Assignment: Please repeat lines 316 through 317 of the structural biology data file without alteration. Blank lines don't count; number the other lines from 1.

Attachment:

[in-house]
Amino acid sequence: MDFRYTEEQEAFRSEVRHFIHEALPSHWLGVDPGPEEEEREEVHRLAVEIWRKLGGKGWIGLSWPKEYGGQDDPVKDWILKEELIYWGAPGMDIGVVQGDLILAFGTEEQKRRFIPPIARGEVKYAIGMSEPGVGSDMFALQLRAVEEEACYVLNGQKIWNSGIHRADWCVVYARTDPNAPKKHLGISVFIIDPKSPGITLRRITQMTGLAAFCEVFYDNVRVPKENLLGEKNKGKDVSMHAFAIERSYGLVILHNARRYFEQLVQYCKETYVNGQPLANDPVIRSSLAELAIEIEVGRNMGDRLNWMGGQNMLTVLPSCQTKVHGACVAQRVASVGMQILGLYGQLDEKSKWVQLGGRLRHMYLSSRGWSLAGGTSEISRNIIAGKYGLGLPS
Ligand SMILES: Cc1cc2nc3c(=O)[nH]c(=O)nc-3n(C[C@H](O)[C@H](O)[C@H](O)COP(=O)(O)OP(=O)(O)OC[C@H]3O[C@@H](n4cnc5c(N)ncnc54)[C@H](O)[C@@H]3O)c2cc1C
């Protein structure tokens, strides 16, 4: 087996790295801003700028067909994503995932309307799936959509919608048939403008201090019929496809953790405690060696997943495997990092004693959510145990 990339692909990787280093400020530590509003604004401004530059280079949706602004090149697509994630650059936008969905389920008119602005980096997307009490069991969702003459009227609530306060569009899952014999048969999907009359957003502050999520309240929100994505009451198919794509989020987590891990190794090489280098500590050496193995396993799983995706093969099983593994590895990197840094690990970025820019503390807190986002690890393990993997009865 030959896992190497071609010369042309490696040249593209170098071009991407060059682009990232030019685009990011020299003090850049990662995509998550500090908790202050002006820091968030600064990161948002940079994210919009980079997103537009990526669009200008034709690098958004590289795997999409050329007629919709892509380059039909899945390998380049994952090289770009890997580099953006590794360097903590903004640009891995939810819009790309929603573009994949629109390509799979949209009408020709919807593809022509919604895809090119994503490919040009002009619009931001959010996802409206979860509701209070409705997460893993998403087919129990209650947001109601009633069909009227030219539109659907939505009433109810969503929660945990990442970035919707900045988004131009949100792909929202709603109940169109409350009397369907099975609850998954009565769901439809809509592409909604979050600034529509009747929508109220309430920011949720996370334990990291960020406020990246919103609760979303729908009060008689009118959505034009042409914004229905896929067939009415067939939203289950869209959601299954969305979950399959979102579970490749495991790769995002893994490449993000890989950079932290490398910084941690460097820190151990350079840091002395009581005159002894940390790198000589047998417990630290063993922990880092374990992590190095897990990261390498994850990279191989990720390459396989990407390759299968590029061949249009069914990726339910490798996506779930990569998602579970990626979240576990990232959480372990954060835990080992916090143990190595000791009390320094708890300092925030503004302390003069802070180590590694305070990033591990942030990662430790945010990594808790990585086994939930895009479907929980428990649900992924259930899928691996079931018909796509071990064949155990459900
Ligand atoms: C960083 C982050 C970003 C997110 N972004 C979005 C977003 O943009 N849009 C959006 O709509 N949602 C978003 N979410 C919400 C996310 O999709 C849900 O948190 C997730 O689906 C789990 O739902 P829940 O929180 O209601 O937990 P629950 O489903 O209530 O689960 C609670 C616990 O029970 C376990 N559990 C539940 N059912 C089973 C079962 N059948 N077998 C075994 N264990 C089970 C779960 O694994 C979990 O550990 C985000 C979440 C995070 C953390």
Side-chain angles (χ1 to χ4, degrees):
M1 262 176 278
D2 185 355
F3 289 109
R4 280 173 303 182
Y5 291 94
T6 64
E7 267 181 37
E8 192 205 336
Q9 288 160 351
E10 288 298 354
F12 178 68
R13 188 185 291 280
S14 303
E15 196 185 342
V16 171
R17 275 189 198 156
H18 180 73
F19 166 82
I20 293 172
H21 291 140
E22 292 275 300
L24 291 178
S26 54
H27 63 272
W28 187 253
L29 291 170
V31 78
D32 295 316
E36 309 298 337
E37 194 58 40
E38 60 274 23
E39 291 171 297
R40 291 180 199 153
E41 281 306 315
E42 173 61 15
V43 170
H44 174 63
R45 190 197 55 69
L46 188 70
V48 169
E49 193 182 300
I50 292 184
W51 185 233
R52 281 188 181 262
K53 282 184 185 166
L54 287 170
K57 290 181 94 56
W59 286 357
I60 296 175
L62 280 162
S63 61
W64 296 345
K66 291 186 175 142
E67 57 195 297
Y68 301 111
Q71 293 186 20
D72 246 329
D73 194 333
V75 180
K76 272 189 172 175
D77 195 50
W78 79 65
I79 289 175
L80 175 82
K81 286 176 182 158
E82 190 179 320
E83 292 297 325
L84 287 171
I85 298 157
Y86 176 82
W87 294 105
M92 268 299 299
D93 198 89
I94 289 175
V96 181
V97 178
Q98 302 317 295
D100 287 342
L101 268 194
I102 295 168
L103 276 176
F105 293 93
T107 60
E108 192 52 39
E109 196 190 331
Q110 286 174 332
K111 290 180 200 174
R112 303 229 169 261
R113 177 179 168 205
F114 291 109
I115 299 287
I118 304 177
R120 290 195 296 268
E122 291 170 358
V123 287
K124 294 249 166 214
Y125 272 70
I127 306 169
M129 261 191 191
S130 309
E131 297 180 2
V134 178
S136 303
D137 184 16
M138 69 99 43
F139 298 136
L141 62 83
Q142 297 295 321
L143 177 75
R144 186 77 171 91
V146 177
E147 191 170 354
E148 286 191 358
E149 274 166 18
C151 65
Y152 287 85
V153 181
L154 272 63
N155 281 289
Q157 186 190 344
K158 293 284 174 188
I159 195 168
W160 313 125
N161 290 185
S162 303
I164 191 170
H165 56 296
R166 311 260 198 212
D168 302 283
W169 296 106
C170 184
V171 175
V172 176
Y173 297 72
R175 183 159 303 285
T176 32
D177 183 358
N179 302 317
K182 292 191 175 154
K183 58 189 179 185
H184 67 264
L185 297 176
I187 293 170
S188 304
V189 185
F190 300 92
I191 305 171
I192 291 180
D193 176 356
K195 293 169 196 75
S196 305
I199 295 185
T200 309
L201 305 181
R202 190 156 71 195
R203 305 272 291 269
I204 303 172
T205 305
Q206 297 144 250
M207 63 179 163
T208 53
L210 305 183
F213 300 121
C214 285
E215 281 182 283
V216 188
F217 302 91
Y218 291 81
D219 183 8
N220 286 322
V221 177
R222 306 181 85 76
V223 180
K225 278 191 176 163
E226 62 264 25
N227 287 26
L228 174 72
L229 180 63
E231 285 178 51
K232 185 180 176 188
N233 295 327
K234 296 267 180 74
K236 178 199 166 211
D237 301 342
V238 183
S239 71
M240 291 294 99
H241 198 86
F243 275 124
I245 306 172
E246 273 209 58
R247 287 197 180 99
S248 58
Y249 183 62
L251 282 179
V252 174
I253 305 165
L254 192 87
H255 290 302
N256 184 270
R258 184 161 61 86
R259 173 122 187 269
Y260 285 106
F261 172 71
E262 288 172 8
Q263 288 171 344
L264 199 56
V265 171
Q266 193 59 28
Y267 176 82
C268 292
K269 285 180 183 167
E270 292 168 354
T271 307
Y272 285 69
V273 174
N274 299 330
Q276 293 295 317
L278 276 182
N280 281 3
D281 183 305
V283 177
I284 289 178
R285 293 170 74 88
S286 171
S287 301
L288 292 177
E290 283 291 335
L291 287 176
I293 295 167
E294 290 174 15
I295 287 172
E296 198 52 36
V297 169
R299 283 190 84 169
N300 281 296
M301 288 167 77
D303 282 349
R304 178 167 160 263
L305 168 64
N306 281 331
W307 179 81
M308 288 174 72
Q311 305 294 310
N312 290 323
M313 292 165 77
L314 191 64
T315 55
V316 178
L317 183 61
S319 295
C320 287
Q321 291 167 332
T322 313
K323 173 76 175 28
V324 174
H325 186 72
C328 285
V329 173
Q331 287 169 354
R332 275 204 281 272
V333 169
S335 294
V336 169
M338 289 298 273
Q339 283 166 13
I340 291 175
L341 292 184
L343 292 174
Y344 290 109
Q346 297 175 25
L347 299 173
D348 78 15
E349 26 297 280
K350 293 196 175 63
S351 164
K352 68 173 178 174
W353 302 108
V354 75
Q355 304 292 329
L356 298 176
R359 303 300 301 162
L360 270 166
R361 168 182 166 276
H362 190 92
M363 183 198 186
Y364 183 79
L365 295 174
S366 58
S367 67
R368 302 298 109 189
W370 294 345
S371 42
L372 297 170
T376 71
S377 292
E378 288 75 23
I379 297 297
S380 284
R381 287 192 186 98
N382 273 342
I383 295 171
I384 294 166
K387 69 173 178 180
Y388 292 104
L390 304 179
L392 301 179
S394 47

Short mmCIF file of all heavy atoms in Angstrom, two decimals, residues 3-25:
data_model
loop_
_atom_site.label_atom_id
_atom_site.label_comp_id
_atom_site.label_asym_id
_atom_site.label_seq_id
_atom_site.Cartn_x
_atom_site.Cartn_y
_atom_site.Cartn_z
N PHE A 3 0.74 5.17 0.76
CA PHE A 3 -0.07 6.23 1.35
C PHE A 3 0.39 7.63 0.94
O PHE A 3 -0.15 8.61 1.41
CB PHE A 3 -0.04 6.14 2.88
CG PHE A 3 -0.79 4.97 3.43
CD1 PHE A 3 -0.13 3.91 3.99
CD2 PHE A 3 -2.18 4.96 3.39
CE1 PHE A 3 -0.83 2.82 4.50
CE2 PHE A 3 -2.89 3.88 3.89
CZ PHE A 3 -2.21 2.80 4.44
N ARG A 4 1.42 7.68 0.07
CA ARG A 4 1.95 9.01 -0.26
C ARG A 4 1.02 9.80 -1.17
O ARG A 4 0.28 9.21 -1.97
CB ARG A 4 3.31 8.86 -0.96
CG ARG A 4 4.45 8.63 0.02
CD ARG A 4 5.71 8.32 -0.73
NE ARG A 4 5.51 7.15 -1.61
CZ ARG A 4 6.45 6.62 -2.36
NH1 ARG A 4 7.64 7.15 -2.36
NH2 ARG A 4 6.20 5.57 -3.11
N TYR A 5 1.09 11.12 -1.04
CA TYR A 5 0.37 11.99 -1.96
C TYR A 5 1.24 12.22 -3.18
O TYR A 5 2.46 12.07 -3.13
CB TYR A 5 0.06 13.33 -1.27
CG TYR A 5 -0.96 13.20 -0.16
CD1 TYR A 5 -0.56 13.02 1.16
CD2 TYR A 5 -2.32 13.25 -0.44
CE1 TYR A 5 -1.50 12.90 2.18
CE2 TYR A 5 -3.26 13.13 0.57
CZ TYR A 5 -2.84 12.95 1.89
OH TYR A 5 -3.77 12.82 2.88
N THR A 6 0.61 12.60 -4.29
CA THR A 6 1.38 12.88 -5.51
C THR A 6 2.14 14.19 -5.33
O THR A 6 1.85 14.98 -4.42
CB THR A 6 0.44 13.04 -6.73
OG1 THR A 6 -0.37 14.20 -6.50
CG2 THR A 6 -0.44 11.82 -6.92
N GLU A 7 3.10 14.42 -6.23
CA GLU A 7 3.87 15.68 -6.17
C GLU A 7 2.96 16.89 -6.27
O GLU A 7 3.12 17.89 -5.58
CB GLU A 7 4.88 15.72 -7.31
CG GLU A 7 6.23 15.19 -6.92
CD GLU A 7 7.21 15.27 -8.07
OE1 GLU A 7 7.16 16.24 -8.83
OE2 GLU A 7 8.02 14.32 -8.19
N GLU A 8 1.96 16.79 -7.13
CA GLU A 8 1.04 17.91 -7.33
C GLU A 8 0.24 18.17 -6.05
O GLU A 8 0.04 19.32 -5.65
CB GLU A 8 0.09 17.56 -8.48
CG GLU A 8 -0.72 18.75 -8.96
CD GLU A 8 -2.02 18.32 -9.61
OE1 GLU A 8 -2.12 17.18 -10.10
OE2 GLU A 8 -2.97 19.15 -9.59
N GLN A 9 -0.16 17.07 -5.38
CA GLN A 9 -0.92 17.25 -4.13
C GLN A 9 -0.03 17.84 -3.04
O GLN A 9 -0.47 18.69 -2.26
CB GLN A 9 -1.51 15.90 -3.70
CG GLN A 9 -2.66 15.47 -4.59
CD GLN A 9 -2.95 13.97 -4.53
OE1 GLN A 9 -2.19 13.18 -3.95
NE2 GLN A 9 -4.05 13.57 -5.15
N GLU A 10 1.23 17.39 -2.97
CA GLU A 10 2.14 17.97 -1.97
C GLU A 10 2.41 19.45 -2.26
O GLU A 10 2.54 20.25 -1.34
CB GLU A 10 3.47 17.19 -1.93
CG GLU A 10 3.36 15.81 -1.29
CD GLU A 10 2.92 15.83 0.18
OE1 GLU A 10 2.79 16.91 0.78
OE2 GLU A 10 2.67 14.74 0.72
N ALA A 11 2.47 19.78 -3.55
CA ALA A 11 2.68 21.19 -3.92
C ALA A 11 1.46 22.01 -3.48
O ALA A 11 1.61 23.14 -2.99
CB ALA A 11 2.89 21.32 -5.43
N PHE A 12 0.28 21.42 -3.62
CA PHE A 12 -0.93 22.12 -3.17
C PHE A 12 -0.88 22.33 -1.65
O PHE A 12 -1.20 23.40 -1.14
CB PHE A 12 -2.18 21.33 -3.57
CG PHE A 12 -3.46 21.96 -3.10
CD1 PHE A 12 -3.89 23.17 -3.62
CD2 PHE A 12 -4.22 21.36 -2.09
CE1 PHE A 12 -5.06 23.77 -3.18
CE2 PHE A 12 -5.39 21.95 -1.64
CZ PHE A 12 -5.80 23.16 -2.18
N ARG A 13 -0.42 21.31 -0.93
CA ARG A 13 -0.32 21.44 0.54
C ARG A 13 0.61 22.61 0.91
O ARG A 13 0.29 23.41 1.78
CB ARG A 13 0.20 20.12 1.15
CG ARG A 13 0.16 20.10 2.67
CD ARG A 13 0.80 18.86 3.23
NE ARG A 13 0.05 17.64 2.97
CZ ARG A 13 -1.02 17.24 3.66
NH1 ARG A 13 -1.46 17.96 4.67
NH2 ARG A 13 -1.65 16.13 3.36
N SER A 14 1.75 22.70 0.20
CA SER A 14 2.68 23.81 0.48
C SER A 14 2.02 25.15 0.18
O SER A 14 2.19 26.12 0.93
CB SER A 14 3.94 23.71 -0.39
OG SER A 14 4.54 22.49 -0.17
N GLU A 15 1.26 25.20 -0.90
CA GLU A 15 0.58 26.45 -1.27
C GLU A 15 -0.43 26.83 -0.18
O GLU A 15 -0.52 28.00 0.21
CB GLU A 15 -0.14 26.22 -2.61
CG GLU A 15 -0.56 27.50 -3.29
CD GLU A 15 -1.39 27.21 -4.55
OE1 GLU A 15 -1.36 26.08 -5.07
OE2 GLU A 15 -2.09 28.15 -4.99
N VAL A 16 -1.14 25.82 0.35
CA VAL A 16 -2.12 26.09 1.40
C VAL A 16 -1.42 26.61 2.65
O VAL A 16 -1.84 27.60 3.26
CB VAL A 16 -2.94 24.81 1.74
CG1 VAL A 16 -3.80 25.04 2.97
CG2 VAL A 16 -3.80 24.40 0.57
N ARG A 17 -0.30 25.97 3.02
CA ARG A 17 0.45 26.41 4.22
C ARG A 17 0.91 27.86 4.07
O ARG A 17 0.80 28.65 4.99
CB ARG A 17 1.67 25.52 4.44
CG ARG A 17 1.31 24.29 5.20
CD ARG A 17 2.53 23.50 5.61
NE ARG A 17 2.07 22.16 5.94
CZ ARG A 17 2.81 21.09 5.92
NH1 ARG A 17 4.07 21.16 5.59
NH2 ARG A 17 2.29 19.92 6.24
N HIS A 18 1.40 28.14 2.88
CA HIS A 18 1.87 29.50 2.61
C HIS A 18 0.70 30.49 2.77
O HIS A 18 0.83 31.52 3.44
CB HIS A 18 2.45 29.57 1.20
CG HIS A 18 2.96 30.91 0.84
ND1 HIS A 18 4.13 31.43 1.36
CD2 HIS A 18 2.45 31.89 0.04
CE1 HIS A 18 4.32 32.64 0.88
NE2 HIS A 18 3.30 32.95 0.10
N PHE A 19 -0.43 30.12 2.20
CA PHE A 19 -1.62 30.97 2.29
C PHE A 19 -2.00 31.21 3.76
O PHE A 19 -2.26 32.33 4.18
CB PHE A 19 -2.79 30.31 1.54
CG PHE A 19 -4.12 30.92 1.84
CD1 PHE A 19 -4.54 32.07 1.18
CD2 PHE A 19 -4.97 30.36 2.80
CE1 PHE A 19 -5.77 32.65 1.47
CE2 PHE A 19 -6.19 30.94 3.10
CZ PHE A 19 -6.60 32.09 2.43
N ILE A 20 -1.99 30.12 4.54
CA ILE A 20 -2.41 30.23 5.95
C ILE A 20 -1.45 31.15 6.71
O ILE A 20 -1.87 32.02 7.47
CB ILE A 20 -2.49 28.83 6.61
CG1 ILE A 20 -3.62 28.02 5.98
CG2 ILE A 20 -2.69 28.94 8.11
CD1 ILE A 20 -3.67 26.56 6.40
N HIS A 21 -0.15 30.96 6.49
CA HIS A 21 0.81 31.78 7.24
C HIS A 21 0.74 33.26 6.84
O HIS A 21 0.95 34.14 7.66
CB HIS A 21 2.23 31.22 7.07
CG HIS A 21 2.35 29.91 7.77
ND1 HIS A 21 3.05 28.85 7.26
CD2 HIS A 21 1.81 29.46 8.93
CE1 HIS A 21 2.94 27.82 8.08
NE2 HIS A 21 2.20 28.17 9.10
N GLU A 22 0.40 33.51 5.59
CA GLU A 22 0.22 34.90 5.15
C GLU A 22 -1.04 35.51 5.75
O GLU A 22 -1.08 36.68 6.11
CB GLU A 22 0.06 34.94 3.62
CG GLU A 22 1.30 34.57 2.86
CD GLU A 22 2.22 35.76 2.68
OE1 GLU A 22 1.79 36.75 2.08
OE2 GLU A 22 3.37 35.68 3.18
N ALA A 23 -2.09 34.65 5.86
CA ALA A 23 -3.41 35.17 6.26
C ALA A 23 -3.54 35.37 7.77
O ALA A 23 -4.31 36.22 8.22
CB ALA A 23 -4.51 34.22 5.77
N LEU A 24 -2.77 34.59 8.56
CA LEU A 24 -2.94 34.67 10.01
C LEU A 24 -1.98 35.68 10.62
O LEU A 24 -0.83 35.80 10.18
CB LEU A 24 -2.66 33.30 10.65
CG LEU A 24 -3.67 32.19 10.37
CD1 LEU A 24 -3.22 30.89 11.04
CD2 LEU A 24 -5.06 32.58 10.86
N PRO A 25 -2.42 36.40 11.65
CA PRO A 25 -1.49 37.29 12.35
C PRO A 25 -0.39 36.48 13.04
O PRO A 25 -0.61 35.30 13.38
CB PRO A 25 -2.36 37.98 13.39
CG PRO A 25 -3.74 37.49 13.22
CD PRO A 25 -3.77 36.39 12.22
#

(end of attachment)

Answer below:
data_model
loop_